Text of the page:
Hulu Could Dominate Video Streaming, When Management Wakes Up
Because I like old sitcoms, I immediately hit up the apps that I know have them. As a Prime member, I can catch practically every episode of Cheers via Amazon for free. Amazon also has The Three Stooges , but they charge $1.99 per episode. My wife would kill me if I dropped hundreds to watch the entire catalog. Sony's (SNE) Crackle delivers the Stooges for free. My experience with Crackle, however, was short-lived.
I have always wondered why the free service has not been more of a challenger to Netflix and Hulu. Now, I know why. It's just not very good.
While I do not mind the ads that run during programming, I am not a fan of how they randomly appear during the middle of a poke in the eye from Moe or a nyuk, nyuk, nyuk from Curly. I can't seem to put my figure on it, but Crackle feels clunkly; it's just not as sharp and seamless as Netflix, Amazon and Hulu. I guess you get what you pay for.
I have never wondered why Amazon does not provide serious competition to Netflix. As I have noted earlier on TheStreet, it's not Jeff Bezos' intention to compete with the big dogs in any space, be it Apple in gadgets or Netflix in streaming.
All Bezos aims to do is find as many ways as possible to extract money from your pocket and make you succumb to Amazon's ecosystem.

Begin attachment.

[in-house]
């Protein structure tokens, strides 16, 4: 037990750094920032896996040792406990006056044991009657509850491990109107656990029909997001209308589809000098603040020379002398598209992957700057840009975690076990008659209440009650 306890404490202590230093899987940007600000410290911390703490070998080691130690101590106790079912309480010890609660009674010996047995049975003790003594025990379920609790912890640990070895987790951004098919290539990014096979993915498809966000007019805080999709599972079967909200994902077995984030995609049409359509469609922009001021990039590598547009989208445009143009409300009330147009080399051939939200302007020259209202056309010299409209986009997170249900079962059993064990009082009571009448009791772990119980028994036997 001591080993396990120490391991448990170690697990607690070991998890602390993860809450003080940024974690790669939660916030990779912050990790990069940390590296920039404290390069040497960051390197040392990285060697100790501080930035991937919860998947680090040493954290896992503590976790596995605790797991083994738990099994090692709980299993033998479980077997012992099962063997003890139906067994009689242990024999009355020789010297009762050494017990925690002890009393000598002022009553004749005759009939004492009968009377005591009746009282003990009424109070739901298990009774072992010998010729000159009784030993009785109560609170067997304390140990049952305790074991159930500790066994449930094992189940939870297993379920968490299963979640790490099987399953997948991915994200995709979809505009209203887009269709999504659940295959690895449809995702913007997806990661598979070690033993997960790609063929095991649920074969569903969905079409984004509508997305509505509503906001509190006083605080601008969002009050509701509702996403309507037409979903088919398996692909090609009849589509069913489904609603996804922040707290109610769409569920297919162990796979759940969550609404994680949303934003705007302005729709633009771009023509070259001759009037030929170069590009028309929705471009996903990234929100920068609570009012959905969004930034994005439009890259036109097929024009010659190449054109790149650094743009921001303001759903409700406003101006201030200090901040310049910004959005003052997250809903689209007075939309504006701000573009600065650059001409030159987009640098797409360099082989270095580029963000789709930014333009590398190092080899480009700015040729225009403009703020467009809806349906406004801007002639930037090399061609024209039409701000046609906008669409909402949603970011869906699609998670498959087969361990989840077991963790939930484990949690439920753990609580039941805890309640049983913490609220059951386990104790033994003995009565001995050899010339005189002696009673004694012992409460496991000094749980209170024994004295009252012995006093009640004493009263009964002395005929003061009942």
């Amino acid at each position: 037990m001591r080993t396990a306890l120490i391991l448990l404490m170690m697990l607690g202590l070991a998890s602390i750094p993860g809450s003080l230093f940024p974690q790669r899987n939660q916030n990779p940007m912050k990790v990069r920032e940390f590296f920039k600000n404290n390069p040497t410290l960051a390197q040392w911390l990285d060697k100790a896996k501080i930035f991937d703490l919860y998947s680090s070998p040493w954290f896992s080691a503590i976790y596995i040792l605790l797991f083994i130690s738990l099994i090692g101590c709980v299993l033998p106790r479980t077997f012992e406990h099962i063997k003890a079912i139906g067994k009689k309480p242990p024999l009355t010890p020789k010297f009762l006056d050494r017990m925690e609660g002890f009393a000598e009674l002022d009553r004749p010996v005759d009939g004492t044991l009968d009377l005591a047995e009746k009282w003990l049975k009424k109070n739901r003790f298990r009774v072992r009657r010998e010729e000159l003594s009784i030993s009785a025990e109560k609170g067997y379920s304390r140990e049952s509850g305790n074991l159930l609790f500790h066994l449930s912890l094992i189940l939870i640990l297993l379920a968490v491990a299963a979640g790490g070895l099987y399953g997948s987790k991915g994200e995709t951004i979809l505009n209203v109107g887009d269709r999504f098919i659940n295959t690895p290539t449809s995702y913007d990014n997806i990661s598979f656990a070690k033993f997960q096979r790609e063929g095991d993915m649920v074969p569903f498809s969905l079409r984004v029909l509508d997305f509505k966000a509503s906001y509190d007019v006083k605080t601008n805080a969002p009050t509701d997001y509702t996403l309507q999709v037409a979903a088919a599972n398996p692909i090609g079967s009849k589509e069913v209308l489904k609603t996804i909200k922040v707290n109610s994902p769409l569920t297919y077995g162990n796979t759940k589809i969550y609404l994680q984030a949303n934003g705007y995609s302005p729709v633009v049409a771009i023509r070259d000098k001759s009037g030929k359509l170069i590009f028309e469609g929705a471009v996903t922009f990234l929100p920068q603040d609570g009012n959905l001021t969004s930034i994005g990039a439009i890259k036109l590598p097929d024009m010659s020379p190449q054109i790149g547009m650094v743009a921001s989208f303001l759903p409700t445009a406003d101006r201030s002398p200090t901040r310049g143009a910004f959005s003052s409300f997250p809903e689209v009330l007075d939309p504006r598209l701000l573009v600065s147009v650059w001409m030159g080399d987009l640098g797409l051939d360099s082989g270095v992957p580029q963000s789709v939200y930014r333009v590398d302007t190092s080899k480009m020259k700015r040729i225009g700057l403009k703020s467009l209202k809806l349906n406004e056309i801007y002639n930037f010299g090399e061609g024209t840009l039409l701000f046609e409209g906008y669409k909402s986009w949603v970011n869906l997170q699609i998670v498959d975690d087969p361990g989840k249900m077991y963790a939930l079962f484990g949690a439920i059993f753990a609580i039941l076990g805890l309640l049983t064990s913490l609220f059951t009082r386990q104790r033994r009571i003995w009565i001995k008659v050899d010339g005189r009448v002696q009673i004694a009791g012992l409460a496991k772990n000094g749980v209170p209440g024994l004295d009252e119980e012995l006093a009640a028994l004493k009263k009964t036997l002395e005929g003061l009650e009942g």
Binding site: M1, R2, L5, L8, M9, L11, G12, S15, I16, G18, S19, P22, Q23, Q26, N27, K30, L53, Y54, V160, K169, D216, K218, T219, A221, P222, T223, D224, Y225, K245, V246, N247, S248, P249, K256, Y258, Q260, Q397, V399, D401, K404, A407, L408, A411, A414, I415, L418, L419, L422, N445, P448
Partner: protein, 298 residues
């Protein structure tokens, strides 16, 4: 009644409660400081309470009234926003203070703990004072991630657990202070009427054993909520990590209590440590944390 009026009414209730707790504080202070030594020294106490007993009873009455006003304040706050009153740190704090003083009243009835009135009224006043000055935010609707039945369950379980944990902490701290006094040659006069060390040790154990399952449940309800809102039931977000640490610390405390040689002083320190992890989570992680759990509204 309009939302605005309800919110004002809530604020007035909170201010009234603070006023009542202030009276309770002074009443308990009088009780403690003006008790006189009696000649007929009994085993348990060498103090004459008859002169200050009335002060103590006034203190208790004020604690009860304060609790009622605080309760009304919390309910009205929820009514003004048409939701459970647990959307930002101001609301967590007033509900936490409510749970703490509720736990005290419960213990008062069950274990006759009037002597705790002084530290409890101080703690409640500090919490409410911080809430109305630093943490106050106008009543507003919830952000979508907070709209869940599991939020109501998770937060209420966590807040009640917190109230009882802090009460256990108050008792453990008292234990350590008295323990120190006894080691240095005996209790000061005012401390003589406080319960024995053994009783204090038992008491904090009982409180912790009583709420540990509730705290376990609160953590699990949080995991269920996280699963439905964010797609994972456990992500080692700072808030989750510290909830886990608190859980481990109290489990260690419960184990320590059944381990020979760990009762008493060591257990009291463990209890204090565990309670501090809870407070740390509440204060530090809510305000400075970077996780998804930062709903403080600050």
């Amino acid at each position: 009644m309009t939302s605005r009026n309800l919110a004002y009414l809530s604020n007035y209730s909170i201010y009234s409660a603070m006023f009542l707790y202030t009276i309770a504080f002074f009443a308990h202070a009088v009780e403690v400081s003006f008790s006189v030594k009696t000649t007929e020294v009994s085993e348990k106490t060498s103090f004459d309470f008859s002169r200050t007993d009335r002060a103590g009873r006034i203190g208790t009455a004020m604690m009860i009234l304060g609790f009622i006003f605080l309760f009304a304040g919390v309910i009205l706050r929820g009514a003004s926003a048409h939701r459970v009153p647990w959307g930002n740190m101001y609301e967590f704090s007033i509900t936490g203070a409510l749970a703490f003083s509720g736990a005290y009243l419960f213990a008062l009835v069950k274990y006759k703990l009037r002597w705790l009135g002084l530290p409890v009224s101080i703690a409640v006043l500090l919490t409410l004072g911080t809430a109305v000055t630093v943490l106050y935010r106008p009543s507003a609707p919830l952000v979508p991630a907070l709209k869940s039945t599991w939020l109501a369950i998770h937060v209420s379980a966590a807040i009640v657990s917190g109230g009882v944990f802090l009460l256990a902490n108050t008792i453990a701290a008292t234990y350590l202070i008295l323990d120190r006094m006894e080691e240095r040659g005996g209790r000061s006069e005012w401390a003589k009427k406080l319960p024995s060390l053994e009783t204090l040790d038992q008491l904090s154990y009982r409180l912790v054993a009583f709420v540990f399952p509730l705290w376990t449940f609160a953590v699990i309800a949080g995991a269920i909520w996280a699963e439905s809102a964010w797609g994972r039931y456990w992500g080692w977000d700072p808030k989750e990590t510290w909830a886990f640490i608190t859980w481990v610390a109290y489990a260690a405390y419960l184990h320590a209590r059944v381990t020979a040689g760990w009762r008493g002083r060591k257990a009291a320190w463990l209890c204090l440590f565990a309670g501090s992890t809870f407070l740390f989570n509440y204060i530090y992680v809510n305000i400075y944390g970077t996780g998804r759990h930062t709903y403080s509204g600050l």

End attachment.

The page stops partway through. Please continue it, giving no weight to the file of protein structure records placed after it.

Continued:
Hulu, however, operates from a different strategically competitive position, as I see the landscape. In case you did not know, Hulu ownership splits between its employees, Providence Equity Partners and old guard media members Disney (DIS) , News Corp. (NWSA) and Comcast's (CMCSA) NBC Universal . Bloomberg reports that Providence Equity is selling it's 10% stake to the big three.
Hulu appeared to take my advice last year. In September, I suggested the company take down the "For Sale" sign and put Netflix out of business:
Hulu should become the one-stop shop for online (and mobile) viewing of all video content, just like cable and satellite have become, as traditional delivery methods. It would benefit every programmer under the sun to become part owner of Hulu and provide its content to what would be a greatly enhanced joint effort. And the cable/satellite operators could join on in a cross-promotional effort to keep both traditional and new content delivery systems alive while providing the opportunity to sell prolific advertising packages across platforms.